The present Regulations are made under the Nunavut Waters and Nunavut Surface Rights Tribunal Act and the Nunavut Land Claims Agreement Act. In particular, the Regulations make it possible for some mining projects to use and get rid of waste water without a water license. Moreover, they establish the minimum threshold for a project’s use of water and/or deposit of waste without applying for a licence. They also simplify rules on the use of water and deposit of waste, set up additional water management areas, and aim to improve spill reporting and record keeping. The text consists of 18 sections and 4 Schedules.
Implements: Nunavut Waters and Nunavut Surface Rights Tribunal Act (S.C. 2002, c. 10). (2016-06-19)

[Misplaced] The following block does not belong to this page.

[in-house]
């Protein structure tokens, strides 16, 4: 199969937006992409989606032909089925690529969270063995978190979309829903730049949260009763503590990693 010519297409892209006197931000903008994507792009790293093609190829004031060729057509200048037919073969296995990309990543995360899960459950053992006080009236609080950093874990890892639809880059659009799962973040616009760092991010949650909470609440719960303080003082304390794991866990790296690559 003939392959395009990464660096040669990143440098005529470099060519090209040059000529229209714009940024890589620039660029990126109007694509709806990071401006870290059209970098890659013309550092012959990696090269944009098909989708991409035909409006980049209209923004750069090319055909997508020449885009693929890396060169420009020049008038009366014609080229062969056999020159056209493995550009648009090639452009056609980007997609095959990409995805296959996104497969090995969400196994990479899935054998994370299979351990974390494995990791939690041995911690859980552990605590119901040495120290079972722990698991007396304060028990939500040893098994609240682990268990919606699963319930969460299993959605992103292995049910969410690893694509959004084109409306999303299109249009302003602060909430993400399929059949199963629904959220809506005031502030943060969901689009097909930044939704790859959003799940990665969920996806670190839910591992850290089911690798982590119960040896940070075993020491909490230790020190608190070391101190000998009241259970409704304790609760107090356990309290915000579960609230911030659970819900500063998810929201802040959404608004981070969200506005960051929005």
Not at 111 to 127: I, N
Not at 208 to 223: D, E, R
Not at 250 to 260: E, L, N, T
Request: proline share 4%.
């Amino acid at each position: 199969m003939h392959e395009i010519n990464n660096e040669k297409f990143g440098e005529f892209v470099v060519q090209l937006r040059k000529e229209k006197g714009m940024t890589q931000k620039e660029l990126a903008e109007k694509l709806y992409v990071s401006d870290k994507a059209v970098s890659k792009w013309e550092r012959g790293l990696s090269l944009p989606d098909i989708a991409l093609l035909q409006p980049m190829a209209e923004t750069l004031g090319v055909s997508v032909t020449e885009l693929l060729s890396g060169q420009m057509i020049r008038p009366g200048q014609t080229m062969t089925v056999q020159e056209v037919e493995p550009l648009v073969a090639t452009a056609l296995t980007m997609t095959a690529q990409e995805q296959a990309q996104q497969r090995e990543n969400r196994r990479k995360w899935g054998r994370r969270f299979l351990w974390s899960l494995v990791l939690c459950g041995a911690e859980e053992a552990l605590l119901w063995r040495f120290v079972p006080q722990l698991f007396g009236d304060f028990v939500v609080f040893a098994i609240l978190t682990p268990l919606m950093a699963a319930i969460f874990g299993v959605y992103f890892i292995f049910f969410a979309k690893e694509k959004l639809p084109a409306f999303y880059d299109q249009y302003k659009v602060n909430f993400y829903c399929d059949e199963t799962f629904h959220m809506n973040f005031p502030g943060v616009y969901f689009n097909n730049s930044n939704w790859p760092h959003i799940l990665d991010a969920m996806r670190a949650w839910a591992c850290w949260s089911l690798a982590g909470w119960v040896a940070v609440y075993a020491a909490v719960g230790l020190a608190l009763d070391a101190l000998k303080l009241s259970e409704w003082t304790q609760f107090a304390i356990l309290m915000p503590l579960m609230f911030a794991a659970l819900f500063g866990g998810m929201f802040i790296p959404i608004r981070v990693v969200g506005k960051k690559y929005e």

Implements: Nunavik Land Claims Agreement Act (S.C.1993, c. 29 ). (2004-05-21)
Authors and Publishers
A land of vast distances and rich natural resources, Canada became a self-governing dominion in 1867, while retaining ties to the British crown. Economically and technologically, the nation has developed in parallel with the US, its neighbor to the south across the world's longest international border. Canada faces the political challenges of meeting public demands for quality improvements in health care, education, social services, and economic competitiveness, as well as responding to the particular concerns of predominantly francophone Quebec.